There’s also Elastic AI, and while I could write an essay about how much I hate this adaptive difficulty method, this isn’t the place. While I don’t generally find it to be very upsetting, the fact that a single mistake late in the track after a perfect performance can cause you to lose the race is still annoying. It also makes the first two rounds cheap. I found it hilarious when I found a workable shortcut on a track, which caused such an advantage that other riders had to catch up at breakneck speed. Obviously, there is no limit to how quickly your rival is supposed to catch up to you.
The amount of detail in Hot Wheels Unleashed is quite phenomenal. The environments have all been set up so that the tracks can use their nooks and crannies. Some have you going through air vents or drifting around a sofa. One of my favorites takes you through a narrow spacer that only has room for single file traffic.
It also incorporates playsets for additional obstacles. The spider playset can piss in orbit, especially during time trials. The volcano is the most stressful, however, as it requires careful navigation up a corkscrew. Otherwise, you may find yourself at the bottom.
There are plenty of white-knuckle moments on offer, and while some of them come from the fact that, by design, you’ll always, always have another pilot glued to your tail, a lot of it just comes down to the way the tracks are insanely designed. On your first time around a track, there are a lot of things to surprise you.
Honestly most of the issues I’ve had with Hot Wheels Unleashed were my fault. Hitting a lip too hard and flipping my car, crashing into a barrier, accelerating too hard and flying off the gravity tracks; I swore several times. The ride itself is surprisingly solid, with physics that don’t feel too weird. The worst feeling is when you miss a jump, hit the back to track button and end up way back at the start of the jump. It doesn’t always seem right.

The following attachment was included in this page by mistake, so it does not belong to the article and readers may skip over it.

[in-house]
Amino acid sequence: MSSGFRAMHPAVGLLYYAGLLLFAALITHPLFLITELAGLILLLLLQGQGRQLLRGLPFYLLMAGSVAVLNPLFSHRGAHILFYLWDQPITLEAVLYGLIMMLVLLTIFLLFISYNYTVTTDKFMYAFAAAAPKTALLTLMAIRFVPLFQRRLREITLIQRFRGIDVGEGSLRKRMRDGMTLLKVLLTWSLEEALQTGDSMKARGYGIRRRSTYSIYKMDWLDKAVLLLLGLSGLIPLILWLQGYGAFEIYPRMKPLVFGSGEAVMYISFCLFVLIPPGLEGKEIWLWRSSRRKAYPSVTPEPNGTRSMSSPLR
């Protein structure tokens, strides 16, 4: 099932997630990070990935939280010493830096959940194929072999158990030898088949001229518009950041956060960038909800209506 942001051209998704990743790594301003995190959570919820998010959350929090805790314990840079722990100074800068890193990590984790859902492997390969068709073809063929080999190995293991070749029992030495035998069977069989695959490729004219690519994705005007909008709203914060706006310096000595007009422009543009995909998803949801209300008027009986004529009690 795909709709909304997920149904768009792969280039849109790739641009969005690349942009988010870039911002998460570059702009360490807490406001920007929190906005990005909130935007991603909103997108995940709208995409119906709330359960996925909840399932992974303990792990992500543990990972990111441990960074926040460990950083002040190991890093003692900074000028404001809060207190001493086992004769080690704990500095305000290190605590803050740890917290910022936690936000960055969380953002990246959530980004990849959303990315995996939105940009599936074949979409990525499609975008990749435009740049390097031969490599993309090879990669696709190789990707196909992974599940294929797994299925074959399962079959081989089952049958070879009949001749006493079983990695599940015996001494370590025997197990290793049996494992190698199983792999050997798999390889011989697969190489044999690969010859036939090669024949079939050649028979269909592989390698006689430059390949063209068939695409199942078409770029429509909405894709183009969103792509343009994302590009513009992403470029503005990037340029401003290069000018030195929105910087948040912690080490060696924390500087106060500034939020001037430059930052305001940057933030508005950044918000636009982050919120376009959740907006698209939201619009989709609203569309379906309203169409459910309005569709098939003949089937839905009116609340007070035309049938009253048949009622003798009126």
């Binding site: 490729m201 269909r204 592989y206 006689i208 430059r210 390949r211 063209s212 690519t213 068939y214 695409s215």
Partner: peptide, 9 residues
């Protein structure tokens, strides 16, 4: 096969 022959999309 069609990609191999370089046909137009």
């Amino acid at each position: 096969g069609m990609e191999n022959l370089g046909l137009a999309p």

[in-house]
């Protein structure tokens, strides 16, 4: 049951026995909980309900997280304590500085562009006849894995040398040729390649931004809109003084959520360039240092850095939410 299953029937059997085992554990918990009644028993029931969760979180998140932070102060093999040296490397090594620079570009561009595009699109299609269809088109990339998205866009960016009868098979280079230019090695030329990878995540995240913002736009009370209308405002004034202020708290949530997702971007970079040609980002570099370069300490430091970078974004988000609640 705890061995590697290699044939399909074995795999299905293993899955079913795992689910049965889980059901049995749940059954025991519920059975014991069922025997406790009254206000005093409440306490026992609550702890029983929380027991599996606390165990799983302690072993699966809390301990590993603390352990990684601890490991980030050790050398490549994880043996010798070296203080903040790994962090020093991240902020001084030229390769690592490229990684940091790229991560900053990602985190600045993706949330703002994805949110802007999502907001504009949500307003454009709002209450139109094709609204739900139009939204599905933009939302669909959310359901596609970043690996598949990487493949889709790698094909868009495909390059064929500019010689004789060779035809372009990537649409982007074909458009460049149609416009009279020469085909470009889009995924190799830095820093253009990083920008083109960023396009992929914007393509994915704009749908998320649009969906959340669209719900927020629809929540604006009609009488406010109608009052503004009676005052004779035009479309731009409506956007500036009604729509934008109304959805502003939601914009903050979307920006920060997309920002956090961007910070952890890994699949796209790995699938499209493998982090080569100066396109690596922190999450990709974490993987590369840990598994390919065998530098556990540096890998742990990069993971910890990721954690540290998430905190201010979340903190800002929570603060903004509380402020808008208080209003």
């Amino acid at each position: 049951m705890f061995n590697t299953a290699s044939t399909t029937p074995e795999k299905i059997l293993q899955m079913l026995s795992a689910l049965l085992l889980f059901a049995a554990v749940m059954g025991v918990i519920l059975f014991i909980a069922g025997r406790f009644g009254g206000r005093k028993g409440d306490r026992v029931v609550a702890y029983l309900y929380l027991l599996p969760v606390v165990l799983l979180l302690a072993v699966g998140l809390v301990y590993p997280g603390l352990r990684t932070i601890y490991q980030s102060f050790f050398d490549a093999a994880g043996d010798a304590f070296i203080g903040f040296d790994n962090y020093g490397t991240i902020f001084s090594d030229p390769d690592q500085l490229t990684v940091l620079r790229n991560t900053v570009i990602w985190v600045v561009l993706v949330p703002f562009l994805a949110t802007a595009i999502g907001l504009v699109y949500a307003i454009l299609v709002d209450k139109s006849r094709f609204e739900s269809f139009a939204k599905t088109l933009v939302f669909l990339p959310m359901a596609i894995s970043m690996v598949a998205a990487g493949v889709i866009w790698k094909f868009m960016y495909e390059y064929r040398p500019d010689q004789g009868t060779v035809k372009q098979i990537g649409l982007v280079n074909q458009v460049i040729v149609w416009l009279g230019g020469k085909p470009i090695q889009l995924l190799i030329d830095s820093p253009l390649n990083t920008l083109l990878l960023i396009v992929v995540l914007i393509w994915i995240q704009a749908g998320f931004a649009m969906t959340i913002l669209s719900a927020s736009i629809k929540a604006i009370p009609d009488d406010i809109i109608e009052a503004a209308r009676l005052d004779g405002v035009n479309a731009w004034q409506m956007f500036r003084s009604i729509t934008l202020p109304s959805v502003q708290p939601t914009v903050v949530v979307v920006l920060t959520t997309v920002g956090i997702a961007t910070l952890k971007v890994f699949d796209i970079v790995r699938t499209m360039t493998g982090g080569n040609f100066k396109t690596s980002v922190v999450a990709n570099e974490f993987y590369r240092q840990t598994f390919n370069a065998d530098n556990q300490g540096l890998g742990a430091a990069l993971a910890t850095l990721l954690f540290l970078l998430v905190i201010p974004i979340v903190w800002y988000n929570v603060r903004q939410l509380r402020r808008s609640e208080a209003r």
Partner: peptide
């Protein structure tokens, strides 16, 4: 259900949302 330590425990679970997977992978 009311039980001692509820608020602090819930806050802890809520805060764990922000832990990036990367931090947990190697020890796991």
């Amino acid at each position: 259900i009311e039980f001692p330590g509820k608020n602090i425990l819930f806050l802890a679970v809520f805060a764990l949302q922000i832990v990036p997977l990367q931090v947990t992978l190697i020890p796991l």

If you think you can do better than the developer, the track editor is reasonably robust and intuitive. I didn’t dig too deep, because if I felt I could conceive worthwhile leads, I’d make games instead of just critiquing them from a safe distance. The ability to download other people’s tracks and custom liveries is appreciated though. This will certainly help expand the game’s already considerable content.
There’s also the ability to customize the basement environment you can build tracks in, which is very arbitrary to me. My best guess is that the developer just wants to remind me that there are nicer basements than my apartment.
I could complain that I never got the Batmobile in a blind box, but I actually found myself quite in love with it. Hot Wheels Unleashed. It takes a lot for me to finish the career mode of a racing game, but somehow it got me past the 20 hour mark and into the credits. Then I dove in for more, but I probably won’t get all of Unleashed’s goals because those spider games can kiss my ass.
Hot Wheels Unleashed impressed me on virtually every marker. It looks great, it feels great, and the track design is extremely well done. I kind of hate the blind box approach to unlocking cars, but that’s a minor gripe when putting my wheels on the track is still a blast.
[This review is based on a retail build of the game provided by the publisher.]